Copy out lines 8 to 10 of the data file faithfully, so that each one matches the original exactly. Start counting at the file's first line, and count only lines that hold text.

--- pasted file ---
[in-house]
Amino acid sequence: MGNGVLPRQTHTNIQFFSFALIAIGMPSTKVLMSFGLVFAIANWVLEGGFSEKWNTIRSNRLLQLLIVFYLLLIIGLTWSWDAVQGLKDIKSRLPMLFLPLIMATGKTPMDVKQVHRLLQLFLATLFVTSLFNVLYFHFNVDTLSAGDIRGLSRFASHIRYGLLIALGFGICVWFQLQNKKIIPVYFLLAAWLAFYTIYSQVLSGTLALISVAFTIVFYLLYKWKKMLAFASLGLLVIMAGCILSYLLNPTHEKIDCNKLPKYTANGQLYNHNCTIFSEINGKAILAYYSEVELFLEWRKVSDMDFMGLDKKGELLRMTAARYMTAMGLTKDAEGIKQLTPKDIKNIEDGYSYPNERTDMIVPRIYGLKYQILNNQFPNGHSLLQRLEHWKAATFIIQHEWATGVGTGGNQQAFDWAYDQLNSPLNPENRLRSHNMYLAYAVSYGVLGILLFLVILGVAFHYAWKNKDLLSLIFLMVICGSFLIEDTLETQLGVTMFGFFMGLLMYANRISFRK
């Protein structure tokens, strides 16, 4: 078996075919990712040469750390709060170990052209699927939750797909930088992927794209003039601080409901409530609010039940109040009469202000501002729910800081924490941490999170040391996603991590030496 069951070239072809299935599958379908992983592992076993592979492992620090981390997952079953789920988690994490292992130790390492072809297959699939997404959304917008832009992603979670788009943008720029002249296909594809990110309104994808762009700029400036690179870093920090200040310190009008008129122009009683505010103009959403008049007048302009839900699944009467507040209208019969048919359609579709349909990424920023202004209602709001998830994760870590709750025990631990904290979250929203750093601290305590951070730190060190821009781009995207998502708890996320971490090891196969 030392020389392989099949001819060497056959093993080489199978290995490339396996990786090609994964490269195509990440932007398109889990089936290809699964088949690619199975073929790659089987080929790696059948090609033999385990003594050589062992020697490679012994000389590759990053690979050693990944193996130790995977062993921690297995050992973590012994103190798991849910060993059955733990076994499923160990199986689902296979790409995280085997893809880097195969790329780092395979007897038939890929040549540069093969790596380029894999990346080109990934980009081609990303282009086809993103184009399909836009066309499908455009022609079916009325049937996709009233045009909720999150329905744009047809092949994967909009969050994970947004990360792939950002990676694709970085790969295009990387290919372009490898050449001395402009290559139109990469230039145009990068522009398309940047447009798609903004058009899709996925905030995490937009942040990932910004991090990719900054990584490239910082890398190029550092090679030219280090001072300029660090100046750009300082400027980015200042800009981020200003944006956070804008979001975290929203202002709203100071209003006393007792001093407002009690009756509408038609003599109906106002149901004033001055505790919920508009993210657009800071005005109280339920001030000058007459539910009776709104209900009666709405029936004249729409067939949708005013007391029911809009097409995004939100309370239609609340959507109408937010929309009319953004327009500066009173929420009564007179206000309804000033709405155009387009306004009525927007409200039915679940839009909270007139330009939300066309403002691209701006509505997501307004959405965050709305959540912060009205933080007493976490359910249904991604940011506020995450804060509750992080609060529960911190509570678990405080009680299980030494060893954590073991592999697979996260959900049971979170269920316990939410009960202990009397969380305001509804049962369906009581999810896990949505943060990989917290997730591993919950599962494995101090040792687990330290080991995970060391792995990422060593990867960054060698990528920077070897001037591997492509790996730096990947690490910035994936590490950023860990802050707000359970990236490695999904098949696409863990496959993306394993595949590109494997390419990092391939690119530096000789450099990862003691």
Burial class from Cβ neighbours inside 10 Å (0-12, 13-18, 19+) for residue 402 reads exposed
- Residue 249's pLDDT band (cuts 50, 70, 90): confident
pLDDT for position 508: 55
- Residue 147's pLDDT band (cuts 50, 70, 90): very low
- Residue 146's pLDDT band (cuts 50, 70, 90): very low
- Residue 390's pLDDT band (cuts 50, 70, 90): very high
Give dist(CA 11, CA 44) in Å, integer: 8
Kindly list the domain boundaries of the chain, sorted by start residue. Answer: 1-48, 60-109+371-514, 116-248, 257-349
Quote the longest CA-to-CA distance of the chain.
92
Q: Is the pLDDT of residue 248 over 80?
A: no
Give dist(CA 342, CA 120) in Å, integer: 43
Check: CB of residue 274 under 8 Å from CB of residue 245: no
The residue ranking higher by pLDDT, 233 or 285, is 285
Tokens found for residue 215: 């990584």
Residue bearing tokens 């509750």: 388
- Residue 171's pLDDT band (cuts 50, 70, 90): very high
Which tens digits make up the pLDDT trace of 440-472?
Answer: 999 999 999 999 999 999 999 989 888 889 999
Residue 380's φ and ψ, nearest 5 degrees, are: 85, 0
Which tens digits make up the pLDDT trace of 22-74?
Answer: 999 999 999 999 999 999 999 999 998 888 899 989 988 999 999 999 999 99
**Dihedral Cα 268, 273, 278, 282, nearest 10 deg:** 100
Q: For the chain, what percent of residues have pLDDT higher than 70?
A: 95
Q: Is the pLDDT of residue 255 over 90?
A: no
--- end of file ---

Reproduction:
- Residue 146's pLDDT band (cuts 50, 70, 90): very low
- Residue 390's pLDDT band (cuts 50, 70, 90): very high
Give dist(CA 11, CA 44) in Å, integer: 8